On the 30th anniversary of the Tiananmen Square massacre in which pro-democracy demonstrations were quashed with military violence, China lambasted Secretary of State Mike Pompeo’s criticism of the government crackdown.
“Under the pretext of human rights, the statement grossly intervenes in China’s internal affairs, attacks its system, and smears its domestic and foreign policies,” a Chinese Embassy spokesperson said Tuesday in response to Pompeo’s remarks. “This is an affront to the Chinese people and a serious violation of international law and basic norms governing international relations.”
Pompeo on Monday condemned the Chinese Communist Party’s June 4, 1989, decision to send tanks and troops into the square to confront peaceful protestors who were pushing for human rights and the end of corruption. The number killed, estimated to be from hundreds to thousands, remains unknown.
“We express our deep sorrow to the families still grieving their lost loved ones, including the courageous Tiananmen Mothers, who have never stopped seeking accountability, despite great personal risk,” Pompeo said. “The events of 30 years ago still stir our conscience, and the conscience of freedom-loving people around the world.”
The secretary of state extended his criticism to the present, saying the U.S. had hoped China would develop a more tolerant society, but “those hopes have been dashed.”
“China’s one-party state tolerates no dissent and abuses human rights whenever it serves its interests,” Pompeo said, adding that many who attempt to speak out ” are punished, jailed, and even tortured.”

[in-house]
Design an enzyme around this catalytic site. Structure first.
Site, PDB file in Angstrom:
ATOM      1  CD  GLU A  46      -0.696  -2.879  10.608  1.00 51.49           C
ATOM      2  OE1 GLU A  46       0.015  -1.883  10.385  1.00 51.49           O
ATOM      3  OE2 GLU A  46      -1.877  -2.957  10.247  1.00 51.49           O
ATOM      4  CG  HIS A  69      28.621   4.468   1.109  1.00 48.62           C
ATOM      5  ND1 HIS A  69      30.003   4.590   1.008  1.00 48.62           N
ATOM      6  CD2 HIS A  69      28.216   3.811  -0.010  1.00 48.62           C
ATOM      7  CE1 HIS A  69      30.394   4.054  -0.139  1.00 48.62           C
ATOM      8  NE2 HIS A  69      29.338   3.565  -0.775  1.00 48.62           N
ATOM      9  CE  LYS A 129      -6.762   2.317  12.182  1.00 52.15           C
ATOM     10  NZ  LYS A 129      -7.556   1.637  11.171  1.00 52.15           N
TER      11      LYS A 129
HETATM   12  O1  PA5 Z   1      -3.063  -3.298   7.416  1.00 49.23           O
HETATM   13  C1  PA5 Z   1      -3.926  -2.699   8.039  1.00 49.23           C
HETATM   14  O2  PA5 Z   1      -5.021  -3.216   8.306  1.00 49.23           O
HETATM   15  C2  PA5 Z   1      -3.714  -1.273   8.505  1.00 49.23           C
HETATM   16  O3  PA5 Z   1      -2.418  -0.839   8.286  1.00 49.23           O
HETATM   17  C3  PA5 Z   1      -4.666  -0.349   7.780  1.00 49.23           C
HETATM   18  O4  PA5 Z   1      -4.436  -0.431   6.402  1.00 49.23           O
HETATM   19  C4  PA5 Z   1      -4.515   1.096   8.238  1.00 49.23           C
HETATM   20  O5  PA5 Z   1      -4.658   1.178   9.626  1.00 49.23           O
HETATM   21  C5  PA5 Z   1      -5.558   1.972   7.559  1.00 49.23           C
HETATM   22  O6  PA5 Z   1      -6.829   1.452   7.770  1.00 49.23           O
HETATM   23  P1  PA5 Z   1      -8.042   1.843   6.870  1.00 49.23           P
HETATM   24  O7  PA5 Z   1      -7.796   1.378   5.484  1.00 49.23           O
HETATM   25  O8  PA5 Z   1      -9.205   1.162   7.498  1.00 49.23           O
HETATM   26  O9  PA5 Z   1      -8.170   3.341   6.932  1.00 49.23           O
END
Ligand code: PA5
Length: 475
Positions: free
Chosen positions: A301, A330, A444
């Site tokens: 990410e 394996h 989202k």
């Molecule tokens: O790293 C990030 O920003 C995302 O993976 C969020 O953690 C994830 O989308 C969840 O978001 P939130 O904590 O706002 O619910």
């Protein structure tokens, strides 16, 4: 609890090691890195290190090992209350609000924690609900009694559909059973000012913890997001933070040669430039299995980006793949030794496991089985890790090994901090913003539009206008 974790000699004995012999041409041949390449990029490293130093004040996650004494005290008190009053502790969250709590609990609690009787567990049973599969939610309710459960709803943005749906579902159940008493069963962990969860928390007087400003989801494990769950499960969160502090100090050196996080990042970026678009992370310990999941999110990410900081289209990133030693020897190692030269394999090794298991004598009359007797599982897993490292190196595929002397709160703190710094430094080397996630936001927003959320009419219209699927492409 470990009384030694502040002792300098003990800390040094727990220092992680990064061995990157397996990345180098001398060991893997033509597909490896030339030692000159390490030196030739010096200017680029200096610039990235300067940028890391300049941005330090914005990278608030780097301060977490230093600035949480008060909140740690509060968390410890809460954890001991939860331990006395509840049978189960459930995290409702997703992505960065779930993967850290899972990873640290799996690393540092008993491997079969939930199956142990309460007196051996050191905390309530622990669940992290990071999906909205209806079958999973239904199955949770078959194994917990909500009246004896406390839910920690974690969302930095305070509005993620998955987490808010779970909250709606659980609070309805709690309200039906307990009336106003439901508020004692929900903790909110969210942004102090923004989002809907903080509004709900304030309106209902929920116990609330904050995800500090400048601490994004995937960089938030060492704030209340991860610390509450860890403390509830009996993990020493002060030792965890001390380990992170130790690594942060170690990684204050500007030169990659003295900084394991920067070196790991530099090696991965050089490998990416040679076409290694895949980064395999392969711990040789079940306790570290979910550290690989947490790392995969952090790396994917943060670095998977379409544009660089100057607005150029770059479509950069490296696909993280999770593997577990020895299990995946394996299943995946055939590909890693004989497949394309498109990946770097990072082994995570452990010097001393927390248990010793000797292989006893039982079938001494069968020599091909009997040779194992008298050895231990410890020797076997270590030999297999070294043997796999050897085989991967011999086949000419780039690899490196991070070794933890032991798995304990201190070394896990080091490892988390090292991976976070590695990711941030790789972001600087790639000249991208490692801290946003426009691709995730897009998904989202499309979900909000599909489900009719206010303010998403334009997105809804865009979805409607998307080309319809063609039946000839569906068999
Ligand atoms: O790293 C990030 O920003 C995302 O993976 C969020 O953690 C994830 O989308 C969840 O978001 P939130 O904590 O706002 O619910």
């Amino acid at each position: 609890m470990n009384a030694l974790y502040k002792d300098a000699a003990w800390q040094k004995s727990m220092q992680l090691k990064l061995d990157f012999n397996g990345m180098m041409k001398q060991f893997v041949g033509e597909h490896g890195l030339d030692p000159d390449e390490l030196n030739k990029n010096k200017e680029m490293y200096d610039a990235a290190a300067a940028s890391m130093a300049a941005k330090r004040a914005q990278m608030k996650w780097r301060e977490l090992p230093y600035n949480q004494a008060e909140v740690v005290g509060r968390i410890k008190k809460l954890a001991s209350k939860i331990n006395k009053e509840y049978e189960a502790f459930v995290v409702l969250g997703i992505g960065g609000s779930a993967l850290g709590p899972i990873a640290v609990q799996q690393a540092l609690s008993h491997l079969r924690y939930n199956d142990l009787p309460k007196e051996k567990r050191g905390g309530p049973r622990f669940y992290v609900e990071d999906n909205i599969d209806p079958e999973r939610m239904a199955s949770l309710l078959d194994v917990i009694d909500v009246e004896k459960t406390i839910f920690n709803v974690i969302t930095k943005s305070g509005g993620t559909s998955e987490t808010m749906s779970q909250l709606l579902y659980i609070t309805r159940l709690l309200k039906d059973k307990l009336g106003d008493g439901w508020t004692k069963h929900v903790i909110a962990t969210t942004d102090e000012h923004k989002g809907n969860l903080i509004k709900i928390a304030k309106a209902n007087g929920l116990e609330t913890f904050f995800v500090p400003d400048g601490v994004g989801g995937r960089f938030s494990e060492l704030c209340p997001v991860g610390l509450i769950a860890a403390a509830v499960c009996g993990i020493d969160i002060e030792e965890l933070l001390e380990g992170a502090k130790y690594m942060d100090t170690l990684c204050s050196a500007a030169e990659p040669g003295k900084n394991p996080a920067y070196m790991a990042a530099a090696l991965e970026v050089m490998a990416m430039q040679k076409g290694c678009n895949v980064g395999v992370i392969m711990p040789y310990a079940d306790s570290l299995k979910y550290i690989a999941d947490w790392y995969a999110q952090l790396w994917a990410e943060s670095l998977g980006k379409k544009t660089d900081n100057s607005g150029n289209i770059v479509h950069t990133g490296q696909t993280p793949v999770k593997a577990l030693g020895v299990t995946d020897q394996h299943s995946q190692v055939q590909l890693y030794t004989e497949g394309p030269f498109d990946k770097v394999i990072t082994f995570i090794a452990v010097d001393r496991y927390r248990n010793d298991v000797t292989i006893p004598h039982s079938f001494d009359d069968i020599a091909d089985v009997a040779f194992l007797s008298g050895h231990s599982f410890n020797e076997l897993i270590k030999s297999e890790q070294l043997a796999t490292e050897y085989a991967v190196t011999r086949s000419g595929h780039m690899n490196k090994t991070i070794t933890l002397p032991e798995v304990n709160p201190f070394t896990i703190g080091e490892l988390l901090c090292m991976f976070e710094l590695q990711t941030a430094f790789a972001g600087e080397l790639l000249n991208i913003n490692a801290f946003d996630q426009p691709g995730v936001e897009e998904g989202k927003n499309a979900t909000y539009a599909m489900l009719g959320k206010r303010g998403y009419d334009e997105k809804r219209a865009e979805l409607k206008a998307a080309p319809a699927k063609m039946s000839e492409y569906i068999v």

Even now, China defends its response to the protests, and the embassy statement shows it has no intention further addressing the bloodshed that remains one of the nation’s most censored subjects. Instead, the statement pivoted to a claim that human rights in the country “are in the best period ever.”
“The Chinese government and people reached the verdict on the political incident of the late 1980s long ago,” the statement said. “Over the past four decades of reform and opening-up, China has enjoyed rapid economic and social development, continuous progress in democracy and the rule of law, flourishing culture and significantly improved standards of living.”
The statement concluded with a stern warning that those who “attempt to patronize and bully the Chinese people” will “end up in the ash heap of history.”
Pompeo’s message was set for a 12:01 a.m. release in Beijing to mark the anniversary, according to Politico ― a clear political statement at a time when tensions between the U.S. and China are already on the rise due to an escalating trade war.
“When the students poured into Tiananmen Square, the Chinese government almost blew it,” Trump said then. “Then they were vicious, they were horrible, but they put it down with strength. That shows you the power of strength. Our country is right now perceived as weak ... as being spit on by the rest of the world.”
How to vote
Vote-by-mail ballot request deadline: Varies by state
For the Nov 3 election: States are making it easier for citizens to vote absentee by mail this year due to the coronavirus. Each state has its own rules for mail-in absentee voting. Visit your state election office website to find out if you can vote by mail.Get more information
In-person early voting dates: Varies by state
Sometimes circumstances make it hard or impossible for you to vote on Election Day. But your state may let you vote during a designated early voting period. You don't need an excuse to vote early. Visit your state election office website to find out whether they offer early voting.My Election Office
General Election: Nov 3, 2020
Polling hours on Election Day: Varies by state/localityMy Polling Place